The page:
I'm enjoying the book but I really dislike the whiny tone of the person reading it.

3 of 4 people found this review helpful

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  • Derek
  • Alpharetta, GA
  • 07-15-07

Not what I hoped

I should have read the other reviews before buying this book. The introduction was interesting and I looked forward to the science behind the themes it presented. It was not to be. Way too many musings about the character of Johnny Appleseed for a book I thought would be more about evolution and genetics. Perhaps if I was expecting something different, I would not be as disappointed. I gave up after the Apple chapter.

10 of 15 people found this review helpful

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Good book spoiled by narration

Interesting and educatonal, but.....
Maybe it is well written, and maybe not - the over-dramatic narration gets in the way and is so distracting that it was hard to tell. Every sentence sounds either like a headline or like a parent trying to entice a reluctant toddler to appreciate something suspect. It was so continuously irritating that I will avoid this reader in the future (so it looks like I'll be looking for print versions of any other Michael Pollan I'm curious about).
Although it's a stretch to say that the themes of "which species is in charge" and "desire" really provided organization or depth for the four separate narratives of this book, they are intriguing ideas and the stories of these plants are worth reading.

13 of 22 people found this review helpful

  • Overall

A little better

I found this book a bit more interesting than The Omnivore's Dilemma. He saves his political screed against the evils of "big agriculture" until the last chapter. The chapters on the apple, cannibis, and the tulip are pretty interesting, and when he isn't preaching the virtues of organic gardening, even the article on the potato is pretty good. Still the narrative seems "padded out" with lots of extraneous literary conceits. At many points in the book, I found myself mumbling "get to the point!".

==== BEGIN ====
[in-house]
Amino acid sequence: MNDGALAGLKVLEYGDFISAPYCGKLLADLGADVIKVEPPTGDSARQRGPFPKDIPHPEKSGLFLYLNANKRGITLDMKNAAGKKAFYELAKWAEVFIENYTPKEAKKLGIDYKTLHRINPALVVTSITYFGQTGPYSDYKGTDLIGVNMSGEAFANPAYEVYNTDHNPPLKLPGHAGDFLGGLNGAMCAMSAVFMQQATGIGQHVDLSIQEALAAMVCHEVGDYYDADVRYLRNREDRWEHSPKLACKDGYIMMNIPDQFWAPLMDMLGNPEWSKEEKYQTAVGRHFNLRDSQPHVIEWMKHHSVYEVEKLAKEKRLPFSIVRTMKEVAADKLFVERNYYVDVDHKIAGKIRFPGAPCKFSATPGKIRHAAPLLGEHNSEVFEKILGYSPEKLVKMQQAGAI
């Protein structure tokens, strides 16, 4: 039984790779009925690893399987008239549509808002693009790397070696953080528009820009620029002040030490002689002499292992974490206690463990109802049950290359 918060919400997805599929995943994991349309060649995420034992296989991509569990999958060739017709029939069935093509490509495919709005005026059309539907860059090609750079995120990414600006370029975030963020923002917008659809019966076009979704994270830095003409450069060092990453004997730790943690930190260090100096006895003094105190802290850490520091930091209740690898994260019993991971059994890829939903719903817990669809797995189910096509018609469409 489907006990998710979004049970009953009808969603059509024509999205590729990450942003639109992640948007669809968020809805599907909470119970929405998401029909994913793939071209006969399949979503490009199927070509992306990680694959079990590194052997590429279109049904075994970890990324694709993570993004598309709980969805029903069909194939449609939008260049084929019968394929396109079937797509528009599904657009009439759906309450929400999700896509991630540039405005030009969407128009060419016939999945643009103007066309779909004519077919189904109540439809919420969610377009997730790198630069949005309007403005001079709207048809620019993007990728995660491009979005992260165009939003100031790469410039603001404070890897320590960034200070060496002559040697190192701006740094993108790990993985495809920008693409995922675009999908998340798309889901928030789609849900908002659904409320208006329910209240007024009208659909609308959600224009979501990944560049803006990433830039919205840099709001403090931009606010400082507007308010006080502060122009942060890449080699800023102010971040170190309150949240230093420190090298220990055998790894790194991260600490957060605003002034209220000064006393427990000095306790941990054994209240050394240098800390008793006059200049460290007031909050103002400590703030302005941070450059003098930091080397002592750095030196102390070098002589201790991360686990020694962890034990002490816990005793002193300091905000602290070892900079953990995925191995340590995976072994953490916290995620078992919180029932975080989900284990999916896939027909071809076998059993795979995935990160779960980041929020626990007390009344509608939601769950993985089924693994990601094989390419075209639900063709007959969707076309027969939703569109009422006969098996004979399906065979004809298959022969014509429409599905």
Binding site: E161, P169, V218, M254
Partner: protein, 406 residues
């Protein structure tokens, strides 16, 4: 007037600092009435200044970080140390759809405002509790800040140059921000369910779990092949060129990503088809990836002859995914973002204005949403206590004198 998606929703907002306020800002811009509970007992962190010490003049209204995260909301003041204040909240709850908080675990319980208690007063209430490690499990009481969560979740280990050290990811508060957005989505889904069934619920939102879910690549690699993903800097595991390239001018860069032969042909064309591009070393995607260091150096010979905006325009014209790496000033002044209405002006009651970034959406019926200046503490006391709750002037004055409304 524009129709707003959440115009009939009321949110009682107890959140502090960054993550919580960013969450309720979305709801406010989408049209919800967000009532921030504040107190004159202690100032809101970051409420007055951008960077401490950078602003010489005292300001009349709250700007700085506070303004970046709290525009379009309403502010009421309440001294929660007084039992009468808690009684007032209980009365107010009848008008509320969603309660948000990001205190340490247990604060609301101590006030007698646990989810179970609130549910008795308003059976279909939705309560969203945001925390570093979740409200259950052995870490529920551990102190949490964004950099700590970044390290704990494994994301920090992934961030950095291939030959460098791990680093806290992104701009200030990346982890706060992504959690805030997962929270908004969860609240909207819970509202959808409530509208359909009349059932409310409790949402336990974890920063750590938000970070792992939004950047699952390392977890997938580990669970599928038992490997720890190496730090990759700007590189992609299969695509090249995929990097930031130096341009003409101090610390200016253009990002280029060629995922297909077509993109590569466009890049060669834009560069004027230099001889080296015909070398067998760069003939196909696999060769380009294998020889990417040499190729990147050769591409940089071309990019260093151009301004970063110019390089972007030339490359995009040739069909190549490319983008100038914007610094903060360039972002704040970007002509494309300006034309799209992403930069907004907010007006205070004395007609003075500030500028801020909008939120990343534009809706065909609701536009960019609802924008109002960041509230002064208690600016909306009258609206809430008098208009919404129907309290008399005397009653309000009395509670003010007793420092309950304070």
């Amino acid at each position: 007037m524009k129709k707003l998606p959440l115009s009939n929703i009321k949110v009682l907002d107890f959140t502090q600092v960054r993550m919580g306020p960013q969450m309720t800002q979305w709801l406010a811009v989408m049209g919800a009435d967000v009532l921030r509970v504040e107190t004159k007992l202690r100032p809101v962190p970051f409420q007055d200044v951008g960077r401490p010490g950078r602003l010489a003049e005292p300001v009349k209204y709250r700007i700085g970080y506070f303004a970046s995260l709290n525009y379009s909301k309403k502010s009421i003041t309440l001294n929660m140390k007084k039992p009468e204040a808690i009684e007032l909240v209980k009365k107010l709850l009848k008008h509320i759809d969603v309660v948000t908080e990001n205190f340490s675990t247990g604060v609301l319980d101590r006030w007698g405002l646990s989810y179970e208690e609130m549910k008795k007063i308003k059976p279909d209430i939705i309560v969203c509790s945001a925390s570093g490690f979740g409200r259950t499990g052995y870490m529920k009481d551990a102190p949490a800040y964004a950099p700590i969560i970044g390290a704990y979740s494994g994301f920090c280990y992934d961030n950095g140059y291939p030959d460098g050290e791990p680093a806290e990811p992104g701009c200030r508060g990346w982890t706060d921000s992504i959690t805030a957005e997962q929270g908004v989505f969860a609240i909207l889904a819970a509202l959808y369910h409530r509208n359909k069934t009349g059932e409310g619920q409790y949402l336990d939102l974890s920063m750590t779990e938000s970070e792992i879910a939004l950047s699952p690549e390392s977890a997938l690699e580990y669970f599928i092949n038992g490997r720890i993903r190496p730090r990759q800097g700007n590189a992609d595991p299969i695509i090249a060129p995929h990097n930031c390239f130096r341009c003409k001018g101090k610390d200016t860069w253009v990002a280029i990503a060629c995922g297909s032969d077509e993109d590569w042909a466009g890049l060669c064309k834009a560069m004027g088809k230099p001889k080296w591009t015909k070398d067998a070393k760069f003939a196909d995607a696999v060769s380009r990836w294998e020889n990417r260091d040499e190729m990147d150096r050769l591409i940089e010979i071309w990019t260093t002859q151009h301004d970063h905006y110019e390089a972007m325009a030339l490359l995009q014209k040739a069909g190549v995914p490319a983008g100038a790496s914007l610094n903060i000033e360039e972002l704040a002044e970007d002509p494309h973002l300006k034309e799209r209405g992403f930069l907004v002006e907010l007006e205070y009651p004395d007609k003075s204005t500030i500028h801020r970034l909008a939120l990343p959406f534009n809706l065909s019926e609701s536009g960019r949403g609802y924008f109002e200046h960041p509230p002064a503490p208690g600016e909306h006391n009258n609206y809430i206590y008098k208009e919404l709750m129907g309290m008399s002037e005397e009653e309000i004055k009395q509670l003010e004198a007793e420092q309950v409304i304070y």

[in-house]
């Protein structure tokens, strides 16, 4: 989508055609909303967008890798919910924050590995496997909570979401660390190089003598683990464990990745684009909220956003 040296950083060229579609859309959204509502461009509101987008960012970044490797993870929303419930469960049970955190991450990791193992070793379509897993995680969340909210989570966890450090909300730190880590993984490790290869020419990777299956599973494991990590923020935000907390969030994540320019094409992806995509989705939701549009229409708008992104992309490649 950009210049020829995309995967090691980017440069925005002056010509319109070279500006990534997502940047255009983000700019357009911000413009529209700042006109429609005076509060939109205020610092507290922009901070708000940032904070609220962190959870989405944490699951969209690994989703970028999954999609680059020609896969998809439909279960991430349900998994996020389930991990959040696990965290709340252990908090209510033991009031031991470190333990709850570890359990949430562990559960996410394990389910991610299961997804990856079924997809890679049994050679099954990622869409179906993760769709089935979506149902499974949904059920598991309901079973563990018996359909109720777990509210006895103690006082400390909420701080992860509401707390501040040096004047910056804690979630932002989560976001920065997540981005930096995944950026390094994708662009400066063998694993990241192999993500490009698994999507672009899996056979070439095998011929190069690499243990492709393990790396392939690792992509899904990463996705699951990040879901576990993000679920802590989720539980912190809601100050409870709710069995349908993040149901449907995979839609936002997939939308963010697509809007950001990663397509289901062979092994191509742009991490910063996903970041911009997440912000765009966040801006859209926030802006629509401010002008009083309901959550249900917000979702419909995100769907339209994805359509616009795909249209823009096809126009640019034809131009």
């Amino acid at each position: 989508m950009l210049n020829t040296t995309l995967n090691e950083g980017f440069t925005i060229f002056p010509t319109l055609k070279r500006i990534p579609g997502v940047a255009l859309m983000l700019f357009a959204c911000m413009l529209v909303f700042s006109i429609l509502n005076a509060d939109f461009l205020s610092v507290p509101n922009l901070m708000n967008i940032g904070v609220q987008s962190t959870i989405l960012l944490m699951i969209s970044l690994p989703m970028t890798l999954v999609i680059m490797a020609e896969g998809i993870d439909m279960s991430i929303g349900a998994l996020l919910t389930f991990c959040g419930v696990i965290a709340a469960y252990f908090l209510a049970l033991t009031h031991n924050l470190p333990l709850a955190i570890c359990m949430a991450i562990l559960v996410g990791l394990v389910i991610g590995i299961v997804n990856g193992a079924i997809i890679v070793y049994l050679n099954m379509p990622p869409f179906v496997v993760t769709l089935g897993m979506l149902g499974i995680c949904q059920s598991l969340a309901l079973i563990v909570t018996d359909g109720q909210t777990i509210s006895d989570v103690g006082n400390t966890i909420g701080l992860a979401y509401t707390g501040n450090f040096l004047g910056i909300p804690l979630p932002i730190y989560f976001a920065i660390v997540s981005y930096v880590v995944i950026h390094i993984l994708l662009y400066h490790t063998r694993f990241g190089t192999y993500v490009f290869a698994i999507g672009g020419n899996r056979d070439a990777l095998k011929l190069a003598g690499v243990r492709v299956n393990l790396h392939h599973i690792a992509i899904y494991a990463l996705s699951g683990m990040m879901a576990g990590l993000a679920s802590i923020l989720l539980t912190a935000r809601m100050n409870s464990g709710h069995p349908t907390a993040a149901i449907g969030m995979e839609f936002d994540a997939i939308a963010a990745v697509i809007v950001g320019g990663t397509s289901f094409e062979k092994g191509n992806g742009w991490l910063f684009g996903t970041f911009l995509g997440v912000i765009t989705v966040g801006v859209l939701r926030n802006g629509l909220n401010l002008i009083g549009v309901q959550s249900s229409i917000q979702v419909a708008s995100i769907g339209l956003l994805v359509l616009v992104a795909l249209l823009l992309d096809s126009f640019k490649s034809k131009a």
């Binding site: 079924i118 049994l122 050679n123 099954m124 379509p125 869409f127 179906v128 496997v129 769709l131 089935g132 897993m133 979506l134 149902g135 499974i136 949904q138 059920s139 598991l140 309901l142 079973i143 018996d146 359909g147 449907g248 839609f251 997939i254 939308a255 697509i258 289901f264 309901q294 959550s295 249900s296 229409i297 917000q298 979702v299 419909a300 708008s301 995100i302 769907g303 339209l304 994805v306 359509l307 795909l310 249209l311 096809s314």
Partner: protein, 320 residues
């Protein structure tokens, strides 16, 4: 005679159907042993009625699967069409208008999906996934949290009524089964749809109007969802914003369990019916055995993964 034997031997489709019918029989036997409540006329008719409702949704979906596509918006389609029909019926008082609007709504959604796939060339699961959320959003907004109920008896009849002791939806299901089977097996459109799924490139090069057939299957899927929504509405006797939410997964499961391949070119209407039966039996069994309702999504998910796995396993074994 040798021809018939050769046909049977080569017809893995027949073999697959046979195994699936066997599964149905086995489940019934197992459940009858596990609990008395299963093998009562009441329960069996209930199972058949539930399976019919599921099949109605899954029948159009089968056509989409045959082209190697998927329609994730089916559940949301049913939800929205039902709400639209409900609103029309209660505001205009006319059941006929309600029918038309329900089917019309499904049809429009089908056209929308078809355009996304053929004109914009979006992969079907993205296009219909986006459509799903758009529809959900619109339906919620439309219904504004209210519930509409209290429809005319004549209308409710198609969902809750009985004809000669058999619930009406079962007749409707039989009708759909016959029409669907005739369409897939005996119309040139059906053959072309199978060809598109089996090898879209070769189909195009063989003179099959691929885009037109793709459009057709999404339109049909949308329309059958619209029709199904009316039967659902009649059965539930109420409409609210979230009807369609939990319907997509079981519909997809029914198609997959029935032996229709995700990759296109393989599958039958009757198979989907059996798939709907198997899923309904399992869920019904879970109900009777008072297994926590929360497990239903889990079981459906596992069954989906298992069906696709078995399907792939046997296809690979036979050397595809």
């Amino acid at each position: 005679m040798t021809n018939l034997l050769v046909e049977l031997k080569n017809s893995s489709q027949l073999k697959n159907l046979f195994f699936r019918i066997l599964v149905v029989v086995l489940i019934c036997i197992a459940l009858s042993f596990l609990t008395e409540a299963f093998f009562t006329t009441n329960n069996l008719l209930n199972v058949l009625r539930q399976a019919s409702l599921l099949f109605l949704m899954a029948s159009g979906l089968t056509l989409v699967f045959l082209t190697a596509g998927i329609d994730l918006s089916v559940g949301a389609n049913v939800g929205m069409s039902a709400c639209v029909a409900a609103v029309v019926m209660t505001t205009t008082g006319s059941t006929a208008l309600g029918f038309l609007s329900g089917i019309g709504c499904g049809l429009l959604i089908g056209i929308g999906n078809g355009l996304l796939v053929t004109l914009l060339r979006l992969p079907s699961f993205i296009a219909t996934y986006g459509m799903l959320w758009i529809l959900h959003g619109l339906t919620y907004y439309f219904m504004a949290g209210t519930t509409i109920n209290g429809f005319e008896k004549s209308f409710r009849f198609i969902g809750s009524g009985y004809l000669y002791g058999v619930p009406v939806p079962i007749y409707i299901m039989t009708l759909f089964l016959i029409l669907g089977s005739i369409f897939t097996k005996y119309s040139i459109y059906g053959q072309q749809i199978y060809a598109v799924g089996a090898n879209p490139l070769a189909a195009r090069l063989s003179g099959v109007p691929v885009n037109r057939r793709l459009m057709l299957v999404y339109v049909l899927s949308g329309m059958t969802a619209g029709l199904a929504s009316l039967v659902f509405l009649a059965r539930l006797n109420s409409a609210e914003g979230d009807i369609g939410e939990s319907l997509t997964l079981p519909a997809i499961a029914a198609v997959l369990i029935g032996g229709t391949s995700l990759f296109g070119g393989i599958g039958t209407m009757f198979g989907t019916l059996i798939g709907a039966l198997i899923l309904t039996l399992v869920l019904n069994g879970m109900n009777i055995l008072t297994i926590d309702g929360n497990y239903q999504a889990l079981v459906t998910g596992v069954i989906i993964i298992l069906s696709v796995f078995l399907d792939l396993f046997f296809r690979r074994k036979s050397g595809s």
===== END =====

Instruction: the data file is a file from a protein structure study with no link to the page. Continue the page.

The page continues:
9 of 17 people found this review helpful

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More maudlin poetry than science

I gave up on this author in the chapter on flowers. He goes off on tangents that seem to take forever to connect to the main idea. In the chapter on apples, he spends quite a long time speculating on the possible truth behind the stories of Johnny Appleseed. When he started to understand the thoughts bees have when they gather nectar and the motivations of flowers in regard to humans, I had had enough.
The reader was decent.

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read everything Michael Pollan

read everything Michael Pollan. his Works allow you to view the world completely in a new lens

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Listen for the first 3 chapters.

The first three chapters are incredibly insightful, giving you a much greater appreciation for the Apple, tulip, and Marijuana plant.

The fourth chapter isn't so much about the potato as about the author's (unscientific) distrust of Monsanto and GMO food. A shame, really.

The author also has the tendency to be overly wordy, using an excess of metaphors and flowery language.

Still, with these downsides, this book is still worth your time and money.

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Didn't love the narrator choice

The content of this book is typically excellent and keeping with Pollan's tone and style but it took a while to get used to the narrator, who sounded more like he was reading the fiction of George Orwell than the storytelling journalism of this work. But eventually I got used to it!